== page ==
Ein skurriles Fundstückmöchte ich den p.t. Mitlesenden nicht vorenthalten. Es beschäftigt sich mit der ökonomischen Seite einer fiktiven Insel im viktorianischen England, die der eisenbahnfreundliche Pfarrer Reverend Wilbert Vere Awdry OBE (1911-1997) zur Unterhaltung seiner Kinder erfunden hatte, und deren bekanntester Vertreter Thomas the Tank Engine ist:
Being the father of a toddler, I spend a lot of time watching Thomas the Tank Engine. As a writer for a business magazine, my mind can’t help but be puzzled by how the economy of the Island of Sodor actually functions. It seems to me to be dreadfully inefficient, and for the life of me I can’t figure out how anyone on the Island turns a profit – especially the railways. Here’s just a few questions I’ve had while watching the show:
How does Sodor make cronyism work?
There’s clearly a bit of cronyism on the Island of Sodor helping to line the pockets of Sir Topham Hatt. Although reference is frequently made to elected officials such as a Mayor, Sir Hatt seems to be in charge of virtually everything on the island. In addition to running his own railroad, he’s often in charge of projects – like building a Search and Rescue station in Misty Island Rescue - that should properly be the purview of government. Indeed, the Island of Sodor bears no small resemblance to Boss Hogg’s Hazzard County, with Hatt seeming to own most of the businesses around and able to get the government to back those industries.
Usually, though, this type of cronyism leads to massive inequalities of wealth (like in poverty-stricken Hazzard County) as established businesses use the power of government to thwart competition. On the other hand, the Island of Sodor seems to have a thriving middle class is generally prosperous. It’s not clear how this is possible.
Why do the trains have drivers?
One of the most remarkable things about the railways of the Island of Sodor is that they are managed by intelligent trains. These trains are capable of reasoning and planning out their own workdays. They also drive themselves – it’s made clear that they can move on their own power. So why do they have drivers? That seems remarkably inefficient All of the money spent on their payroll is pretty much a loss for Sir Topham Hatt. For a guy who has the ambition to turn 300 square mile island into his own personal fiefdom, that seems to show a remarkable lack of avarice and foresight. Surely he has some other economic operation he could hire those drivers for. Or else not keep them around at all.
Why aren’t the trains used more efficiently?
For the most part, the freight trains on Sodor only haul one car at a time – occasionally, they’ll haul two. Even more inexplicably it’s not uncommon to see two engines being used to transport one freight car. This level of inefficiency is simply insane. The Island of Sodor isn’t that big. There’s just no reason why one engine can’t be used to haul multiple cars. The engine fleet of Sodor’s rails could easily be cut in half, at least, and its regular costs cut accordingly. Of course, this represents the economic danger in Sir Topham Hatt’s monopoly. Through Hatt’s cronyism, he’s clearly keeping trucking out of Sodor, making his rails the only place to turn for businesses that want to transport freight.
Why aren’t routes and schedules determined centrally?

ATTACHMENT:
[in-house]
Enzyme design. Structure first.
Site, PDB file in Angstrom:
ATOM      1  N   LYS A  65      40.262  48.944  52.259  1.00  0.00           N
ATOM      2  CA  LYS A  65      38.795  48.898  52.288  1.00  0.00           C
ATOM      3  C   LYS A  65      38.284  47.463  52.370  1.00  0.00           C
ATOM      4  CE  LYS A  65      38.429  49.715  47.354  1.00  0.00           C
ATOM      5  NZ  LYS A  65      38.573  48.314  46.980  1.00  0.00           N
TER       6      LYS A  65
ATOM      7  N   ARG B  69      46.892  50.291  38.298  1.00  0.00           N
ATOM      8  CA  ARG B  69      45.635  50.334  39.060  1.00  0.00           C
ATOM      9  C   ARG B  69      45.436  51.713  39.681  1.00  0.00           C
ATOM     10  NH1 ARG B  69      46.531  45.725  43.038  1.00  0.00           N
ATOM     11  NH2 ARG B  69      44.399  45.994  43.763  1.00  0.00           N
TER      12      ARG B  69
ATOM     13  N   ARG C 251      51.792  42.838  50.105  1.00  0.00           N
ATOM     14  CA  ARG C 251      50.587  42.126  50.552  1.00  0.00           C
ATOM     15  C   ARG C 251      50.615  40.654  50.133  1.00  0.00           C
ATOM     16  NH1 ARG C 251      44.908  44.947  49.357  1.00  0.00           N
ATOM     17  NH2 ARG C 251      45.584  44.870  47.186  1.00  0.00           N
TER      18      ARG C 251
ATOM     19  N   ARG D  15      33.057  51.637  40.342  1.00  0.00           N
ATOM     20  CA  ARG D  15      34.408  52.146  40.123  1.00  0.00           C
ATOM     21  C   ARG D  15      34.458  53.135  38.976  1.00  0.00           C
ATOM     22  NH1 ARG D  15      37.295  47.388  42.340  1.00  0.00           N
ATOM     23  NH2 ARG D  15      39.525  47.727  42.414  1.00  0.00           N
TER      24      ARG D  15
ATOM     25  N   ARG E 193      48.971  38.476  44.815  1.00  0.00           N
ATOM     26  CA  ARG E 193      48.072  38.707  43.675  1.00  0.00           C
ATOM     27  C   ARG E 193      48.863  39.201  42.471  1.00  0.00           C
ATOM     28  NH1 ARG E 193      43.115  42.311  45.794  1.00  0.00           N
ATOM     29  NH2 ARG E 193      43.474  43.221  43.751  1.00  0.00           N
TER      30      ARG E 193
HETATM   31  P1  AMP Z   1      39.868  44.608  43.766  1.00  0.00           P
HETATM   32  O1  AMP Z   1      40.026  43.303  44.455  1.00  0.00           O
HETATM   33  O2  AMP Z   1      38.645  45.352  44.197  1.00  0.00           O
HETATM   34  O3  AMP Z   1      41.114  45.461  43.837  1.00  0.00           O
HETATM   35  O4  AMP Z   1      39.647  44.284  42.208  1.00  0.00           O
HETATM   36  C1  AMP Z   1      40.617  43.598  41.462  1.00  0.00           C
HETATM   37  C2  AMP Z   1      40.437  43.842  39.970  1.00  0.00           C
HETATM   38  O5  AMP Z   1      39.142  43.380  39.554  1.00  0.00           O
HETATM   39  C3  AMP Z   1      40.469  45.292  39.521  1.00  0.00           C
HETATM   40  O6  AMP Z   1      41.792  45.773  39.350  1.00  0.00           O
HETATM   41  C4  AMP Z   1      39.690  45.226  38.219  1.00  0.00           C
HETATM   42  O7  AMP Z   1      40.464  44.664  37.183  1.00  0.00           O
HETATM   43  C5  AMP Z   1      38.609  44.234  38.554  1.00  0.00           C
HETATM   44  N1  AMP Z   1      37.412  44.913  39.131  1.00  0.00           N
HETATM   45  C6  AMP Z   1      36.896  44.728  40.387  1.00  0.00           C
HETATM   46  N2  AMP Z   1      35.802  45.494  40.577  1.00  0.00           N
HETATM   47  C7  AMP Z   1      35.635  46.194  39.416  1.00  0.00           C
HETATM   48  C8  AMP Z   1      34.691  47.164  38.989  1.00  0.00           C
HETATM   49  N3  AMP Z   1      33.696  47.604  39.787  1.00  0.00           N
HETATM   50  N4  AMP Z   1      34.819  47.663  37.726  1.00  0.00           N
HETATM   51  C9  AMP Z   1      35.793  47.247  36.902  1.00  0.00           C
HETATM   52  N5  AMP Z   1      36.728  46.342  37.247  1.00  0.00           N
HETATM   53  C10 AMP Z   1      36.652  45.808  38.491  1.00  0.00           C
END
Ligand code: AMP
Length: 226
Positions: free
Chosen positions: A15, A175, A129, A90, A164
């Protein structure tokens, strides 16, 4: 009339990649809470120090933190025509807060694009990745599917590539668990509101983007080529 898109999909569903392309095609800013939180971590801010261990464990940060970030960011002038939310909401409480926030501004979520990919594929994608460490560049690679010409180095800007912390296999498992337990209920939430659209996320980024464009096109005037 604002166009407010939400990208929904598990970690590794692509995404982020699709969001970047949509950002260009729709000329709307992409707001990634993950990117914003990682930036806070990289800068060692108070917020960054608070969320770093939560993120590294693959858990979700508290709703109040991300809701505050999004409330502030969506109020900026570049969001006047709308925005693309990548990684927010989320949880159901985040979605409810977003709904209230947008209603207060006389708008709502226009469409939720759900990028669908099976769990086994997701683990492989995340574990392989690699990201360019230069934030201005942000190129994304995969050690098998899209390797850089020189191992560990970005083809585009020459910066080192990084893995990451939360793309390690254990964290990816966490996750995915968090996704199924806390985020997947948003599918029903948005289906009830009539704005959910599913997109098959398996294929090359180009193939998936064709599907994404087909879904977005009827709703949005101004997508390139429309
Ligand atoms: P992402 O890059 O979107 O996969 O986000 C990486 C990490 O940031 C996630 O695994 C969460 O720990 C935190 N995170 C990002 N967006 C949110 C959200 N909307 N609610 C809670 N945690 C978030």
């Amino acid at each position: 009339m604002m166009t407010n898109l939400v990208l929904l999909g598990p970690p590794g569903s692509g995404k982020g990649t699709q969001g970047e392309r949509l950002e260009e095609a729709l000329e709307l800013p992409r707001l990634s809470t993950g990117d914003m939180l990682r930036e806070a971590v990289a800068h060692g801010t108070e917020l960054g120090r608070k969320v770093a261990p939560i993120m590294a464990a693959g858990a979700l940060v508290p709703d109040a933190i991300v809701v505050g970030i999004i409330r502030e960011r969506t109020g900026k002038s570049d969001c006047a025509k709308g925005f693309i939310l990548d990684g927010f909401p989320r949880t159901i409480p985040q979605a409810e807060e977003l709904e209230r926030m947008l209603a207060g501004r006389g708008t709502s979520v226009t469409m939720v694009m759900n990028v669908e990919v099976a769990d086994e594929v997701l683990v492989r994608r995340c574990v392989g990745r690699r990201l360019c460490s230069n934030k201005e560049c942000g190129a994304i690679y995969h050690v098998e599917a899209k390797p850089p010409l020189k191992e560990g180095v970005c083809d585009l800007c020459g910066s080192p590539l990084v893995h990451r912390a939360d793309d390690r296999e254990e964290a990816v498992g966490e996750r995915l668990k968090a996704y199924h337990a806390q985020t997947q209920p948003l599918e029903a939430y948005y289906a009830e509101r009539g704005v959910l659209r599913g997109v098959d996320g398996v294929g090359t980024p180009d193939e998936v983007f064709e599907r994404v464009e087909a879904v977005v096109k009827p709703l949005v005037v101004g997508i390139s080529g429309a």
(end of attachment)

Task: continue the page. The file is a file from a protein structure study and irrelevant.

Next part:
On Sir Topham Hatt’s railroad, engines are given a cargo manifest and told the destination of the cargo. The route the train takes to the destination is up to the intelligent train. In theory, this sounds good – local knowledge and individual initiative are usually superior to central planning. However, the personalities of the intelligent trains on Sodor are, for the most part, very naive and child-like. This is almost certainly a deliberate decision to prevent the trains from rising up and rebelling against their human masters. But as a consequence, the trains often find themselves losing cargo or delivering it late. If you’re going to have child-like trains, they’re going to need guidance and direction. Their routes and schedules should be planned rather than relying on the unreliable trains to do their work.
Why does Sodor ignore its massive economic comparative advantage?
The Island of Sodor is pretty economically self-sufficient. It has farms, coal mines, quarries, zoos, and many other industries. And while that warms the heart of my inner 19th-Century Whig, in an era of globalization, it’s not the Island’s best economic decision. As David Ricardo described way back in the 18th century, economies should focus on their comparative advantages. And the Island of Sodor has a major comparative advantage: they have the best artificial intelligence researchers in the world.
AI research on the Island of Sodor is massively ahead of the rest of the world. The trains on Sodor have been designed to understand natural language, solve problems for themselves, recognize new situations, and even have emotions and personalities. This is way, way ahead of artificial intelligence research in the rest of the world. Google, BMW, and many other car companies, for example, are working on driverless cars – a problem that Sodor has solved. Apple and Google are also working on natural language comprehension for use in voice-activiated search engines for phones. Again, Sodor has this licked.
In reality, Sodor shouldn’t be a quaint island whose dominant industry is rails. It should be the new Silicon Valley, using its advanced artificial intelligence research as its primary economic export. This tiny island could be worth billions – if not trillions – of dollars if it focused on its software industry instead of coal and rail.
How else do you think the economy of Sodor could be made more efficient? Feel free to chime in in the comments.